Before receiving her cochlear implant, Michelle Holland describes her life as ‘living every day on the precipice’. Today, she is a high-achieving sales specialist for Adgraphix, a Christchurch signage company who she approached about a job five years ago when she learned she would be able to regain her hearing and through her implant could return to being an active member of the workforce.

For Michelle, her life was her career. She has been in the signage business since she began working, though on reflection, her dedication to the industry also contributed to her hearing loss. “I think I realised I had a problem when I was around 26,” she says. “I went for my first hearing test then but it wasn’t until I was 30 I really acknowledged it was an issue. I got my first set of hearing aids at that time on ACC because it was thought the years I had spent working with signage machinery had damaged my hearing.”

This was the start of a journey to find something to ease the struggles Michelle was having as a significantly hearing-impaired person, trying to live and function normally in a hearing world. “I remember how uncomfortable those hearing aids were,” she says. “At the end of the day I would get home and throw them on the bench. I preferred not being able to hear to the discomfort they brought me.

She later saw an ad in the paper for newer technology and was fitted with different hearing aids, but this still wasn’t a perfect solution and her hearing continued to diminish. She endured five years of ‘just getting by’, with each day becoming harder than the last.

“I finally decided to go it alone and work for myself because I really felt like I wasn’t employable,” she says. “I could no longer answer the phone or communicate with clients properly and it was damaging my ability to work. The hardest part was not being able do the quantity or quality of work that I had been able to. I became terrified of my phone, and for a salesperson that tool is paramount. I was coping by lip reading and others were compensating around me by not correcting me if I didn’t hear something.”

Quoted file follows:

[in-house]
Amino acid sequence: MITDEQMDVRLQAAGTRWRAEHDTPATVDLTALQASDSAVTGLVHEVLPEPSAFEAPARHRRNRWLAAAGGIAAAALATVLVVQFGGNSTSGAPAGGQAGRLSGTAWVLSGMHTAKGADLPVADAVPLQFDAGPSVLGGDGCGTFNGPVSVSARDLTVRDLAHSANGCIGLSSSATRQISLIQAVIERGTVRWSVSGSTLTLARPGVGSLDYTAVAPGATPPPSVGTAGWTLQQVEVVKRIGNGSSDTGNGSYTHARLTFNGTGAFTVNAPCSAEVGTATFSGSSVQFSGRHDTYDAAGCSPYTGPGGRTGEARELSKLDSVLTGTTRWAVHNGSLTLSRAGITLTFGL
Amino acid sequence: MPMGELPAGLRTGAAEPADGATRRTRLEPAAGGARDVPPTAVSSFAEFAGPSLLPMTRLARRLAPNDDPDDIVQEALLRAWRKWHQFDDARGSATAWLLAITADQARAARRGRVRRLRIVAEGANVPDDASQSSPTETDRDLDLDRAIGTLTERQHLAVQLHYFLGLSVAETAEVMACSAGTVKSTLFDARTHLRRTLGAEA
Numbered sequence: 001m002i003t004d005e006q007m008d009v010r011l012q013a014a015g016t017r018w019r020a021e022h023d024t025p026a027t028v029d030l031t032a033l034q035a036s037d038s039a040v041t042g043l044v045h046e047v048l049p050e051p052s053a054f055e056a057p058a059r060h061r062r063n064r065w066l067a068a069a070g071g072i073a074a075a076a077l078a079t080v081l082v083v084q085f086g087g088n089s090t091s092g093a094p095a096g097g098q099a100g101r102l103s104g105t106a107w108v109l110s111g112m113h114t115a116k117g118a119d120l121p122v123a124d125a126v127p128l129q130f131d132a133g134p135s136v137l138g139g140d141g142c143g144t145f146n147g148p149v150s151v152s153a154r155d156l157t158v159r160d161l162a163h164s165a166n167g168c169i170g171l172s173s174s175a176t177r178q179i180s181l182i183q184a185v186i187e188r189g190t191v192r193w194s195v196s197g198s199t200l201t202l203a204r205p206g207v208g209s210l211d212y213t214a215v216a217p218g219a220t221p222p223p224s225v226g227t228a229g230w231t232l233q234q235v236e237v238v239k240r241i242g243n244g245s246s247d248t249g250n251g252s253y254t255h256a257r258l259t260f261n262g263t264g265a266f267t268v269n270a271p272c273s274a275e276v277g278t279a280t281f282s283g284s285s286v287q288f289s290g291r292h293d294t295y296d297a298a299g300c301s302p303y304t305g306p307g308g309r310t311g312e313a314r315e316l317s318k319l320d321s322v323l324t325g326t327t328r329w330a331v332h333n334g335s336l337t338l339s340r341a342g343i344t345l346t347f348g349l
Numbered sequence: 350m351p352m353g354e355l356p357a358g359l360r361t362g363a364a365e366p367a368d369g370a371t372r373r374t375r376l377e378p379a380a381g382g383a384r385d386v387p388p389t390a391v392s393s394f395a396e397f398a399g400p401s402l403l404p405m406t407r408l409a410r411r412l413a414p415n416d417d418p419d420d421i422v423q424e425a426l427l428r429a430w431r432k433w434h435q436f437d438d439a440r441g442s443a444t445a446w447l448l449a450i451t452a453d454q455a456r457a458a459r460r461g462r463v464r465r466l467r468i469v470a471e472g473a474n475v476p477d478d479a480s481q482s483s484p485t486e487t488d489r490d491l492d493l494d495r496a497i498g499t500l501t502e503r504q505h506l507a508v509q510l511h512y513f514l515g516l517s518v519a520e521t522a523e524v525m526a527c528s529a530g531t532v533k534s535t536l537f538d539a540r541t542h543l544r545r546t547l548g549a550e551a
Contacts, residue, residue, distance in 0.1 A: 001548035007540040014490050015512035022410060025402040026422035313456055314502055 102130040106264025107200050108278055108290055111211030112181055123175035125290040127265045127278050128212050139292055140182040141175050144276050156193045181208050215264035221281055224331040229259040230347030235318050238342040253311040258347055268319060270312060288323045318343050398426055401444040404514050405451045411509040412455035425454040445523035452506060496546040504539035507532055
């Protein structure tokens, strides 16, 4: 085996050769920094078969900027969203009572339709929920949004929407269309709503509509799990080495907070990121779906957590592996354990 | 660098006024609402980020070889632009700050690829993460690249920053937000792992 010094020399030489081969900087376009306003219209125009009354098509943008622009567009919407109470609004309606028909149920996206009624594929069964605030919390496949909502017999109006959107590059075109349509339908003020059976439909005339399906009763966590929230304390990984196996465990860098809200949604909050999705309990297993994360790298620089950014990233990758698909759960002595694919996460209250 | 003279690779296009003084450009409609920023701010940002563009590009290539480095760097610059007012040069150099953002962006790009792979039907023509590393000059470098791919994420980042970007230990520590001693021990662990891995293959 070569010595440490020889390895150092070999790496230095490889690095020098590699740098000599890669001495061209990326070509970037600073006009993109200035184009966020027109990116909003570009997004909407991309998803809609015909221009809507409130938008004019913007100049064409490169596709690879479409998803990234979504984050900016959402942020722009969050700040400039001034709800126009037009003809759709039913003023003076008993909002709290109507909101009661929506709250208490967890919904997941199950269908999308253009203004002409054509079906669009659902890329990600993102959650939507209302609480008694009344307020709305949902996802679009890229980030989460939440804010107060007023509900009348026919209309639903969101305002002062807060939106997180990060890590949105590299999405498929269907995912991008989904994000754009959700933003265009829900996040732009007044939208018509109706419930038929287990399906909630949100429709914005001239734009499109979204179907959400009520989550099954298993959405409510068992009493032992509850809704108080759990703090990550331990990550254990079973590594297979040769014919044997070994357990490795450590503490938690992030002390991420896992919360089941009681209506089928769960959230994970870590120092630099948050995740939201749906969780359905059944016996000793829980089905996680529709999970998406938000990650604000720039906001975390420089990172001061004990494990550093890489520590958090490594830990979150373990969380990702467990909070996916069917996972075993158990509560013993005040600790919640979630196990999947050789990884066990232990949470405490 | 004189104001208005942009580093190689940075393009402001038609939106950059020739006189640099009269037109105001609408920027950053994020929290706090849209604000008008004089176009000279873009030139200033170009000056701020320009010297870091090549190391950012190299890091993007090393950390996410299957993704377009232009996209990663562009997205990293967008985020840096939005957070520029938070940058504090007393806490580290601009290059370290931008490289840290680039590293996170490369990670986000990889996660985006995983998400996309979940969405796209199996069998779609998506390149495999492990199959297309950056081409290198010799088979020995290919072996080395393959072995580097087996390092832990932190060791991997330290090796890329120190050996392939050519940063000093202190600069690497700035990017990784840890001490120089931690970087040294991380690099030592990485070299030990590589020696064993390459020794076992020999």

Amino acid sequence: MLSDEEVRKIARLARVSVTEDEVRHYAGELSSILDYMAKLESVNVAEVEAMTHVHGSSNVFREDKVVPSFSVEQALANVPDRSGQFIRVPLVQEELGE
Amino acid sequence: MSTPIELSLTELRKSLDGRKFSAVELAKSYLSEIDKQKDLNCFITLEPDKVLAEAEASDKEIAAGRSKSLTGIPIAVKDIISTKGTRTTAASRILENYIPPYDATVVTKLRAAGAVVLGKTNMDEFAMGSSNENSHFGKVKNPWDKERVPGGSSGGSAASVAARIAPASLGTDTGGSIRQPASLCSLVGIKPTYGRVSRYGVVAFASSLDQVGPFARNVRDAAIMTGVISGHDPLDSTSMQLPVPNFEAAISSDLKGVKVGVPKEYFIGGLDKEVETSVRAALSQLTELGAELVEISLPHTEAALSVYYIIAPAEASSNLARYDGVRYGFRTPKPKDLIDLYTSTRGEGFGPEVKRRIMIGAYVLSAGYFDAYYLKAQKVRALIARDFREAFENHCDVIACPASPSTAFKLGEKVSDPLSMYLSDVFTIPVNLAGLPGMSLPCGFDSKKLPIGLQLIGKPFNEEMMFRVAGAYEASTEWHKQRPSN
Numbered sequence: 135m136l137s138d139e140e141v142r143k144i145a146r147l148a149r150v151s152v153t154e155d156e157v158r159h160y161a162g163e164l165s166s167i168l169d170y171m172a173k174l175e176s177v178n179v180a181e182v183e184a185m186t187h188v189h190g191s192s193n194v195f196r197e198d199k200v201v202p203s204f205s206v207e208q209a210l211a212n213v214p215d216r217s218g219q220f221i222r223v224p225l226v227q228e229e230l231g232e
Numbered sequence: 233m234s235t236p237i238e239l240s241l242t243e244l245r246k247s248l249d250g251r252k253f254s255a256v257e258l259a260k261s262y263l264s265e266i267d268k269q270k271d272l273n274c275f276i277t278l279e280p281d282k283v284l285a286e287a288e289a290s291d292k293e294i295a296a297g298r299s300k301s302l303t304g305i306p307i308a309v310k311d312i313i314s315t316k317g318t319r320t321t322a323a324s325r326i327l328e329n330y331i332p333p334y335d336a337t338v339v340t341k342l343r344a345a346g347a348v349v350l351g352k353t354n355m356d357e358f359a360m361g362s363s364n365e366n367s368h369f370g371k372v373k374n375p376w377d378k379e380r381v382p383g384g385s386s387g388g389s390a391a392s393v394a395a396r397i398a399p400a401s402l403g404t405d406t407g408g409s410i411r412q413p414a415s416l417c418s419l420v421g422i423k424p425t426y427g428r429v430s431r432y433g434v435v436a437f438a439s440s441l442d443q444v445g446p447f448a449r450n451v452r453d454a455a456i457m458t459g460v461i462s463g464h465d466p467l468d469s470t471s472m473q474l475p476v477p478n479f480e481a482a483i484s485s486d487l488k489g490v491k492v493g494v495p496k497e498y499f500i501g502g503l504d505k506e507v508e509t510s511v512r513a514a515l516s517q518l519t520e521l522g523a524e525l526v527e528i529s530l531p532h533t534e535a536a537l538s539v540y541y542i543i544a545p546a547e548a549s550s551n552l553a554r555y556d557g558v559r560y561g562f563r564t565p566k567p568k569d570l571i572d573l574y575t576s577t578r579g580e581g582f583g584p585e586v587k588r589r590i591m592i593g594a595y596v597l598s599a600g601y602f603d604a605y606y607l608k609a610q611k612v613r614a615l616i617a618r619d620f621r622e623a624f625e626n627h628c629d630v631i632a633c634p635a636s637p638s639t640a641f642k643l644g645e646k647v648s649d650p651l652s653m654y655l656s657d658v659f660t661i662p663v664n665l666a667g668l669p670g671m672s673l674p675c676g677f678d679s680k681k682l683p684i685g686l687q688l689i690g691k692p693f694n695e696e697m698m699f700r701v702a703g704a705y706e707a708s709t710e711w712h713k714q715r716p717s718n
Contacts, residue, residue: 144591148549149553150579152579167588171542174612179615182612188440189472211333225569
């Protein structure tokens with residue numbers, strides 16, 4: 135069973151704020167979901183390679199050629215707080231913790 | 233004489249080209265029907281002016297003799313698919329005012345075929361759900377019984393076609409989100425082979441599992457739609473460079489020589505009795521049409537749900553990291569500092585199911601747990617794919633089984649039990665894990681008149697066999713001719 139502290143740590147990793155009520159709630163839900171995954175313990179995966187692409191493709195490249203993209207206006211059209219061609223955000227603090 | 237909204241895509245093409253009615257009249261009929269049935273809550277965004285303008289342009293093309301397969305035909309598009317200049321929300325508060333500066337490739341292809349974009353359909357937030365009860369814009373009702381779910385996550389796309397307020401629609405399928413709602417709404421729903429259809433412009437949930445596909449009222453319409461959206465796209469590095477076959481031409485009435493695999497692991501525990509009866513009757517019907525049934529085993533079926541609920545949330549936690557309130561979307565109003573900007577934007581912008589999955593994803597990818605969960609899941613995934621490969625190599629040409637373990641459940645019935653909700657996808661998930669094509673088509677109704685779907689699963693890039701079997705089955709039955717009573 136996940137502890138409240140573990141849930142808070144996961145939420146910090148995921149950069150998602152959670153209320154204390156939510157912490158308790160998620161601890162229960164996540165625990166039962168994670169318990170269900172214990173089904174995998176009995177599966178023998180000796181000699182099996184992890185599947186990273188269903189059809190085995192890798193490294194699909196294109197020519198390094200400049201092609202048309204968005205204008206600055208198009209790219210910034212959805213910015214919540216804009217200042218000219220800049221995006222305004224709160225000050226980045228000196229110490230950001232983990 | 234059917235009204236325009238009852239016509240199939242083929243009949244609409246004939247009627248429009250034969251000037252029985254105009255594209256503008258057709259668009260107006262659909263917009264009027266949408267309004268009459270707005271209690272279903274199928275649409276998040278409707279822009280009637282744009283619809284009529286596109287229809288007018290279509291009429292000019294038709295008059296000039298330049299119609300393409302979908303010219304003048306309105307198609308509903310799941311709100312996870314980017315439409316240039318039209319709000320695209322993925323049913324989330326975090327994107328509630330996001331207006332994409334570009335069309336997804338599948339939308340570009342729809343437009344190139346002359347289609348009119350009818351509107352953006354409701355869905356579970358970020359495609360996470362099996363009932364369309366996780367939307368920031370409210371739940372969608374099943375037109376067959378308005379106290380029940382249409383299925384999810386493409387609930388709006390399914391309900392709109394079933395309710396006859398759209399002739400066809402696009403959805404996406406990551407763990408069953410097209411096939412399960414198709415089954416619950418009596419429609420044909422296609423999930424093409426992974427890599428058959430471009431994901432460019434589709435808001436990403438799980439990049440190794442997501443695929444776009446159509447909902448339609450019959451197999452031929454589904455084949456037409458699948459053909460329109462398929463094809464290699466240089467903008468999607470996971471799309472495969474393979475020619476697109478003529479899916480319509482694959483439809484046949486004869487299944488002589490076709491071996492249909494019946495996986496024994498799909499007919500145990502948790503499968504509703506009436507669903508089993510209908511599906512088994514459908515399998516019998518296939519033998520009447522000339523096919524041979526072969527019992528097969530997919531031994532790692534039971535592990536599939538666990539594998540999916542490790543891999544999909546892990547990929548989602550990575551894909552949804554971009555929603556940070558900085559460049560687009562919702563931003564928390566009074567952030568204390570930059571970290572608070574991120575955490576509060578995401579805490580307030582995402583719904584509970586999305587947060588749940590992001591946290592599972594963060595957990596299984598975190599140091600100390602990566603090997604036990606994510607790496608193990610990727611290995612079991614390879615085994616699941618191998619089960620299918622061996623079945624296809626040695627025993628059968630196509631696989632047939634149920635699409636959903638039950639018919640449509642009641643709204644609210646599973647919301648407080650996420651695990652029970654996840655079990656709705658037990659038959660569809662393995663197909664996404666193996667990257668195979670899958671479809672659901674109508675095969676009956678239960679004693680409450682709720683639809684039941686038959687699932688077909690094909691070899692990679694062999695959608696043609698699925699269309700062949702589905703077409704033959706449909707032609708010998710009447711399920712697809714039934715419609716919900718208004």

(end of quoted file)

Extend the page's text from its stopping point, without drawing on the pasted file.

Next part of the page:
In this time too, Michelle also met her partner, Craig, and the pair moved in together with his pre-teen children. It wasn’t long before Craig realised how much of a toll Michelle’s hearing loss was having on her life, and the affect it was to have on him. “She would get home at the end of the day and take herself into another room to escape,” says Craig. “Just trying to get by was physically and emotionally draining for her and she couldn’t cope with more ‘noise’ she would struggle to interpret.

“It was hard on me and the kids too. All we wanted to do was spend time with her, talk about our days and sit down and have dinner together, but that became impossible. Even going out with friends was tough – we couldn’t go anywhere with bad acoustics, we’d have to shuffle round seats with people to help her at least hear something and in the end, we just stopped attempting it.”

“I thought it was normal,” says Michelle. “But in reality, I was isolating myself because I didn’t have the strength to manage interaction anymore. It really hit home at one of Craig’s work dos. I took a sleeping bag and a tablet with me and after a short time inside with everyone, I excused myself to go to the bathroom but instead I went and sat in the car for half an hour or so to regroup. I had to do that three or four times throughout the night just to endure a few moments inside trying to be a part of a group situation.

“By this point, my life was slipping through my fingers. I was on the edge and if I wasn’t a strong person by nature, I’m not sure how I would have coped. I thought I could hear but in reality I had just learned tools to get by as a deaf person. I hadn’t realised how bad I really was, but the ‘hearing’ was all in my head and was just memories of what I’d had before.”